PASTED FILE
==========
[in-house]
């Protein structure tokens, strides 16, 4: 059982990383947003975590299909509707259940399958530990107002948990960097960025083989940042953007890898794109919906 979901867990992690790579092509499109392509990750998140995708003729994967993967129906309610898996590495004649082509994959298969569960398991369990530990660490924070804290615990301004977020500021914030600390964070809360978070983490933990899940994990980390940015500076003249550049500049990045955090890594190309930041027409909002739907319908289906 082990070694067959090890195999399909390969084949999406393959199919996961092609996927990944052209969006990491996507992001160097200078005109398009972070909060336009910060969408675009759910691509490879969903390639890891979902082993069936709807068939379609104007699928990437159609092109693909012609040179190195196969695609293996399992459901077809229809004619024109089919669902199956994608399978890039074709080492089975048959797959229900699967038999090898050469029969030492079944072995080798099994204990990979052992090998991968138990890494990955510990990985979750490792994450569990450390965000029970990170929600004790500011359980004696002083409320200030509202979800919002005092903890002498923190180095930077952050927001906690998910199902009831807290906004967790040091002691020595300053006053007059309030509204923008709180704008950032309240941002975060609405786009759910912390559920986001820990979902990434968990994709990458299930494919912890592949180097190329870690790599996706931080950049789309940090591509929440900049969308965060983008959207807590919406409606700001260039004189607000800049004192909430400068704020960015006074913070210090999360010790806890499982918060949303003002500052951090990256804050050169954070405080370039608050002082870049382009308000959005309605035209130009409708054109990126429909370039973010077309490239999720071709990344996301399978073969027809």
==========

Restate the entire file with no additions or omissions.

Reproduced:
[in-house]
């Protein structure tokens, strides 16, 4: 059982990383947003975590299909509707259940399958530990107002948990960097960025083989940042953007890898794109919906 979901867990992690790579092509499109392509990750998140995708003729994967993967129906309610898996590495004649082509994959298969569960398991369990530990660490924070804290615990301004977020500021914030600390964070809360978070983490933990899940994990980390940015500076003249550049500049990045955090890594190309930041027409909002739907319908289906 082990070694067959090890195999399909390969084949999406393959199919996961092609996927990944052209969006990491996507992001160097200078005109398009972070909060336009910060969408675009759910691509490879969903390639890891979902082993069936709807068939379609104007699928990437159609092109693909012609040179190195196969695609293996399992459901077809229809004619024109089919669902199956994608399978890039074709080492089975048959797959229900699967038999090898050469029969030492079944072995080798099994204990990979052992090998991968138990890494990955510990990985979750490792994450569990450390965000029970990170929600004790500011359980004696002083409320200030509202979800919002005092903890002498923190180095930077952050927001906690998910199902009831807290906004967790040091002691020595300053006053007059309030509204923008709180704008950032309240941002975060609405786009759910912390559920986001820990979902990434968990994709990458299930494919912890592949180097190329870690790599996706931080950049789309940090591509929440900049969308965060983008959207807590919406409606700001260039004189607000800049004192909430400068704020960015006074913070210090999360010790806890499982918060949303003002500052951090990256804050050169954070405080370039608050002082870049382009308000959005309605035209130009409708054109990126429909370039973010077309490239999720071709990344996301399978073969027809």